Romney beat Santorum by just one percentage point in Ohio, a state that is vital to Republican hopes in November’s general election. Romney had trailed badly there in recent weeks, but rebounded as a result of heavy TV advertising and repeated visits to the state. He also won four states where he faced little opposition: Massachusetts, Virginia, Vermont and Idaho. In the Alaska caucuses, he won with 32.6 percent of the vote, compared to 29 percent for Santorum, 24 percent for Paul and 14.2 percent for Gingrich.
Each victory helped Romney add to his lead in delegates, the tally that will ultimately determine the GOP’s nominee. But the former Massachusetts governor, who has struggled to capture the passion of Republican voters, acknowledged that it could be a struggle for him to clinch the nomination before the Republicans’ nominating convention.
“We’ve got the time and the resources and a plan to get all the delegates and we think that’ll get done before the convention,” Romney said on CNBC’s “Squawk Box “ on Wednesday. “But one thing I can tell you for sure: There’s not going to be a brokered convention, where some new person comes in and becomes the nominee. It’s going to be one of the four people that are still running.”
In his victory speech Tuesday night, Romney focused on President Obama, paying little heed to his GOP rivals. “We’re counting up the delegates, and that looks good,” Romney said. “And we’re counting down the days until November, and that looks even better.”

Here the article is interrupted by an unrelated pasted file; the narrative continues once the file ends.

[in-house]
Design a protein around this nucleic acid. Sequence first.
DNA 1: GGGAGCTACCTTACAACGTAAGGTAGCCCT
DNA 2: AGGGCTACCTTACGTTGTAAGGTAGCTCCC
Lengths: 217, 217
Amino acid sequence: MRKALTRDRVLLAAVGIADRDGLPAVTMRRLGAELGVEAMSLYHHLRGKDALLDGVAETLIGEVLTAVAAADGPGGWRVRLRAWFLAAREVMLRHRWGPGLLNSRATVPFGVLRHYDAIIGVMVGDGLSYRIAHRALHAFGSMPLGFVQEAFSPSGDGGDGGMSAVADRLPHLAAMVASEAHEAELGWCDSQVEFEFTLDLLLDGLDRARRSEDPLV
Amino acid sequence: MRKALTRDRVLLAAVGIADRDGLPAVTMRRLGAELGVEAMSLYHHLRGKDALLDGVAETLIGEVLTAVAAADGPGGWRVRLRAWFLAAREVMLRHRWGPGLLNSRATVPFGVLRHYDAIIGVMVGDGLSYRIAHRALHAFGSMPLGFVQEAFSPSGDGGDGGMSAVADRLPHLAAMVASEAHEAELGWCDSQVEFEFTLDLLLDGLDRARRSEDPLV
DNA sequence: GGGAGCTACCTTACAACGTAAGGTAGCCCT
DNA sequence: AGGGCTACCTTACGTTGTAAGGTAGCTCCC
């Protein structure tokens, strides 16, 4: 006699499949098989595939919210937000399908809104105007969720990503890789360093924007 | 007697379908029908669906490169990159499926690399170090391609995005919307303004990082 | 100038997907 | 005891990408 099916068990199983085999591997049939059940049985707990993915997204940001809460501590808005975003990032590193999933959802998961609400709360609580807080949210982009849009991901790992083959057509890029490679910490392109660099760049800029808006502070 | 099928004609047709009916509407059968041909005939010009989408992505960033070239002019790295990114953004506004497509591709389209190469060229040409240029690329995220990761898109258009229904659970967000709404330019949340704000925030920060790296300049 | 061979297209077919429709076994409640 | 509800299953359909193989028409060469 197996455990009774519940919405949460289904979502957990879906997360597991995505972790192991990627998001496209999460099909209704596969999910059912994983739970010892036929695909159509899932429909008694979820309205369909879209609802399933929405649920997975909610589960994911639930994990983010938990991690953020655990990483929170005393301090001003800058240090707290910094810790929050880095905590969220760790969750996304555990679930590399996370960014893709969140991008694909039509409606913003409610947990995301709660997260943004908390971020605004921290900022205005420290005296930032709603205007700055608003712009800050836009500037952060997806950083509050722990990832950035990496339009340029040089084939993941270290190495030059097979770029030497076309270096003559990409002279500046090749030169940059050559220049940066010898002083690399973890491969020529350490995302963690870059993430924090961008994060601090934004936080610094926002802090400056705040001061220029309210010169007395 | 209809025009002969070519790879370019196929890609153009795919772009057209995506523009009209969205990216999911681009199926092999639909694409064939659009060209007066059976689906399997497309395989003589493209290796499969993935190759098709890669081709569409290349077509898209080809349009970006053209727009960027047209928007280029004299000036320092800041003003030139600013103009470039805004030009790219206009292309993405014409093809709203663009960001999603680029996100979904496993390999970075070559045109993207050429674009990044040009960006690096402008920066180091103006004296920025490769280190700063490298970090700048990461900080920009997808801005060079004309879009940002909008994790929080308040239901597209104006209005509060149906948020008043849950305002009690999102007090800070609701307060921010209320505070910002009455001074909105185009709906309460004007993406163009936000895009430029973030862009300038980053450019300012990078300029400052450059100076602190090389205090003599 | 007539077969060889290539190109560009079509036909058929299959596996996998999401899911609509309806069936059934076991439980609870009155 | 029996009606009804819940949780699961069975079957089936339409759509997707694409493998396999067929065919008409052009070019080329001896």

But Santorum scored wins in Oklahoma, Tennessee and North Dakota--victories which, along with his close loss in Ohio, underscored his ability to draw conservative and blue-collar voters with a bargain-basement campaign.
“The Republican Party has to nominate somebody who can talk about the broad vision of what America is,” Santorum told supporters in the small city of Steubenville, Ohio. To beat Obama, he said, “we need a fighter. We need a fighter, and someone who learned what America was about by growing up in communities just like this.”
In all, 10 states held primaries or caucuses on Tuesday, making it the most important day of the 2012 campaign so far.
Nationwide, exit polls revealed two broad trends about Republican voters. The first was that many remain unenthused about the slate of candidates: In Ohio and Tennessee, more than four in 10 said they had cast their ballots “with reservations.”
The second was that GOP voters remain deeply split about what should be the top priority in this race: ideology or electability. In Tennessee, for instance, nearly four in 10 voters said that the ability to beat Obama is the most important candidate attribute. Romney wins that group.